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The Dangers of Living in a Catholic Bubble

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David Mills - published on 03/25/15

How serious is too serious?

“I don’t see many examples of rich involvement in public spaces that are open to strangers and friends alike,” says a millennial writer named Erin Lane, interviewed in the Evangelical magazine Christianity Today. “That’s one of the unique features of the church, at least right now, that it offers a common space between your private friends and the larger community. I think we’re losing some of those rich public spaces where anyone can show up, regardless of fitness or food preferences or economic status and ability to work.”

Serious Catholics — by and large and in my own experience — don’t spend a lot of time in public spaces. By “serious” I don’t mean the man who goes to the early Mass every day before work, or the group who come to say the rosary on Wednesday evening, deeply faithful as they are, but those of us who care about Catholicism as a thing: the people who read the Catholic press, keep the Catechism by their computer, argue over Francis, can parse the distinction between the ordinary and extraordinary magisterium, mentally grade the homily, take sides on Scott Hahn, follow church politics and fret about the state of the Church, or fuss about those who fret about the state of the Church. Some of them do it for a living.

I speak as one of them. We wear the Church on our sleeve. It is, as I say, a thing for us. The Church is a life and a family but also something external, something we analyze and examine. This is especially true for converts, who make up a higher percentage of this group than they do of the Church in general. For us, the public space we inhabit tends to be the space we choose and the spaces we choose tend to be filled mostly with people like us, which is to say, other serious Catholics.

“We’ve forgotten how to belong — to institutions, to one another — and we need to recover some basic practices that remind us of our interdependence,” Lane says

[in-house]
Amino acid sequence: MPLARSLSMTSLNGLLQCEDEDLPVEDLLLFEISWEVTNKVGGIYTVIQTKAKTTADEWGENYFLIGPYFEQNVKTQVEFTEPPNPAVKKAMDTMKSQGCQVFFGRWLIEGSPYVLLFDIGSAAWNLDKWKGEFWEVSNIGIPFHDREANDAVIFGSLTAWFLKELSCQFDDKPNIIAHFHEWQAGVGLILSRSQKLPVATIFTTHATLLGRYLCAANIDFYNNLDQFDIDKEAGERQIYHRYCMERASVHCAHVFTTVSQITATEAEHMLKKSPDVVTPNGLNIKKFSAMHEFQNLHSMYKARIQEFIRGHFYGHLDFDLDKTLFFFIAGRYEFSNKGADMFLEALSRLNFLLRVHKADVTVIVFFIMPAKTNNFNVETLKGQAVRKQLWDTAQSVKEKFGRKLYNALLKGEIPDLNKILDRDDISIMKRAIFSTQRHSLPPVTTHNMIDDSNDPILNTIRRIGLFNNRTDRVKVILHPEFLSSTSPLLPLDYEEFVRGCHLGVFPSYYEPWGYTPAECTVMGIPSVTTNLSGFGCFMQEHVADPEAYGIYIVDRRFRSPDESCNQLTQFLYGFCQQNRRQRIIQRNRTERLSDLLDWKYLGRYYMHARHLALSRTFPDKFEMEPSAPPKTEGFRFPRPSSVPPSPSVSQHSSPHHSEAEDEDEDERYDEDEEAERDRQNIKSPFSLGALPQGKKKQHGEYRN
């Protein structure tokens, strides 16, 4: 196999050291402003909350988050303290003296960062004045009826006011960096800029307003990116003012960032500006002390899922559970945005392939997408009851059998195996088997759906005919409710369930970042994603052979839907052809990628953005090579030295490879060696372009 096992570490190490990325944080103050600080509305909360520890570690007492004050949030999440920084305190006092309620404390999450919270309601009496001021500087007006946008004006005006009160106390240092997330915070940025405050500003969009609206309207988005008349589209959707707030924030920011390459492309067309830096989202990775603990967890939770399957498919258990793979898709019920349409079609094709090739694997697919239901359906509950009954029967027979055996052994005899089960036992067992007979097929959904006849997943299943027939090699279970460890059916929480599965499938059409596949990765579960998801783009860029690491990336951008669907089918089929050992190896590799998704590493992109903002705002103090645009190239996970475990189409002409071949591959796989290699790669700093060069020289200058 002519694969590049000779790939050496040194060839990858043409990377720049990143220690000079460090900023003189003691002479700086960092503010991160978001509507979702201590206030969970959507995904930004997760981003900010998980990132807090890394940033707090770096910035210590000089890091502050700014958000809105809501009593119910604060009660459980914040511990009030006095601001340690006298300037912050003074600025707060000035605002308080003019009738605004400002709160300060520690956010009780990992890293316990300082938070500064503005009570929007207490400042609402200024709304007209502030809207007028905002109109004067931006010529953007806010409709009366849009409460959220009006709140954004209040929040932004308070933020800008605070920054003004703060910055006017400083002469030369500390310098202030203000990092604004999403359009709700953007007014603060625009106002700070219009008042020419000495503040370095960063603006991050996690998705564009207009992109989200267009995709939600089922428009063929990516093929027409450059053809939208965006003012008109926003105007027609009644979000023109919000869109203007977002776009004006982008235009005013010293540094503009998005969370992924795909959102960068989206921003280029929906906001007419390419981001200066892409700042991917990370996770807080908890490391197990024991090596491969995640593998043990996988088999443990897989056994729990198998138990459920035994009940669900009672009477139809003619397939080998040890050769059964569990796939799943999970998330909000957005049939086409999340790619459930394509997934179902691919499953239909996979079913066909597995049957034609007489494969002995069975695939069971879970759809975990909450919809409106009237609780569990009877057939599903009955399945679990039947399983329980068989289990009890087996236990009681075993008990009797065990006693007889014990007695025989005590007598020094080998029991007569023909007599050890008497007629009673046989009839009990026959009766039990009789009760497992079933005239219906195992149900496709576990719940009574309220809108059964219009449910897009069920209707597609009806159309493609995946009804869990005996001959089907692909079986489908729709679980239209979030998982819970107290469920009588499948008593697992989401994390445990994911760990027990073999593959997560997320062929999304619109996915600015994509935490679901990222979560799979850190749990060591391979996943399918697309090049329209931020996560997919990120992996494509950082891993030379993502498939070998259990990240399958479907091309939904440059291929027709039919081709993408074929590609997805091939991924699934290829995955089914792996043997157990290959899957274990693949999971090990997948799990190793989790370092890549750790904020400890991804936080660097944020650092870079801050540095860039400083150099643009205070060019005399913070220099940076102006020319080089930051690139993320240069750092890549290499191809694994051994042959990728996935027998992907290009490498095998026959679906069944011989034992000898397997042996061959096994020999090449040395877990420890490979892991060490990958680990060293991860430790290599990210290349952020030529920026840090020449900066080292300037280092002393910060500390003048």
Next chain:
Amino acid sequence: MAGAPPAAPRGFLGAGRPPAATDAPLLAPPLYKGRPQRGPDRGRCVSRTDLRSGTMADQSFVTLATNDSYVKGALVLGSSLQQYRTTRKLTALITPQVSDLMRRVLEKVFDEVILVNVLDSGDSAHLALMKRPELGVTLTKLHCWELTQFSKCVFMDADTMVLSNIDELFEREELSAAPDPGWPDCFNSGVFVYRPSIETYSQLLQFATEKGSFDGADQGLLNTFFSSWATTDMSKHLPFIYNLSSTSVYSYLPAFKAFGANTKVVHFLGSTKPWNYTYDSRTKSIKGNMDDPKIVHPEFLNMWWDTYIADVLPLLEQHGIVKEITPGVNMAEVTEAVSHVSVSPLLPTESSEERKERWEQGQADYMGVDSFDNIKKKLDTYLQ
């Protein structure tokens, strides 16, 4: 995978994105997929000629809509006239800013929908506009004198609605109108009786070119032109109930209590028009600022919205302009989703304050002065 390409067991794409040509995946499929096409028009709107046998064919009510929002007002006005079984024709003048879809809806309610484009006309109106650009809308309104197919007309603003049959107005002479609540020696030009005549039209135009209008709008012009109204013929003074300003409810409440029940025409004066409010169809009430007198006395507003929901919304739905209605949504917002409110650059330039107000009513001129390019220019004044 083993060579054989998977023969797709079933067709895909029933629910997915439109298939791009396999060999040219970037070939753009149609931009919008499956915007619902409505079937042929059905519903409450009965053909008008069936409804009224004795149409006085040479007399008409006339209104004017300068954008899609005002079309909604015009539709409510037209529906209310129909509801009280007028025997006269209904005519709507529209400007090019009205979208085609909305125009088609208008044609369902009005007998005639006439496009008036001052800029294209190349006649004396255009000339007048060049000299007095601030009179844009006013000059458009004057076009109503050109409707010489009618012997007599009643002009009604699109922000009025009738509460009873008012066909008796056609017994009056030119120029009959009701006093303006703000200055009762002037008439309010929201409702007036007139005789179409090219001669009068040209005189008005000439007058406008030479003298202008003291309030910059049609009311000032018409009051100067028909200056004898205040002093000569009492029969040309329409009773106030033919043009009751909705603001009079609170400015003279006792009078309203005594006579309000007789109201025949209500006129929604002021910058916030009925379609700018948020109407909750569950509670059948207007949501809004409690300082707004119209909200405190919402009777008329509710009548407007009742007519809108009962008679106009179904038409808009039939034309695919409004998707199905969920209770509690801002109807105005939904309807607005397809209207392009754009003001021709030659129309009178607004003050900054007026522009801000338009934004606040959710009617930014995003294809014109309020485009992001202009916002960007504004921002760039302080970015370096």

There’s a huge desire to experience belonging in an embodied way. We search for shared interests, like exercise groups — Crossfit, yoga, and Pure Barre. A great deal of belonging is created over food culture and being connoisseurs of things like coffee or beer — for me, it’s cupcakes. I worry, though, about whether we’re doing enough to interact with people who don’t inhabit our particular lifestyle enclaves.


She describes the alienation of the affluent who, however anxious and alienated they feel, are at home and comfortable in the world. That’s the world in which the serious Catholics live. We have, can afford to have, “lifestyle enclaves.” Find almost any male Catholic who writes a lot for Catholic websites and magazines and the odds are you will find a beer snob who only drinks high-end coffee and may make his at home in a French press. (Although, oddly, men who know their IPAs sometimes dress as if their clothes were chosen by their mother — in 1982.) The life in our enclave includes the attitude to the Church I described.

It is not quite the Catholic life God intends for us because we tend to live the truths in a disembodied way and outside the Church’s primary public space, the parish. This has struck me strongly, looking at my own life, and I apologize if it does not apply to others in the same way. As a writer it is easy to say, “This is my calling, which I have to pursue by myself, and doing well what I have been called to do takes a lot of time and energy. I have to choose my other engagements wisely. I do my part for the parish by going to Mass and putting money in the plate. I have my family and friends and readers and they’re enough of a critical public, thank you.”

To some extent that’s obviously true. I can think of some writers who have failed their vocation, and their readers, and therefore the Church, because they would not pry themselves away from other good works. Other serious Catholics have different reasons for disengagement.

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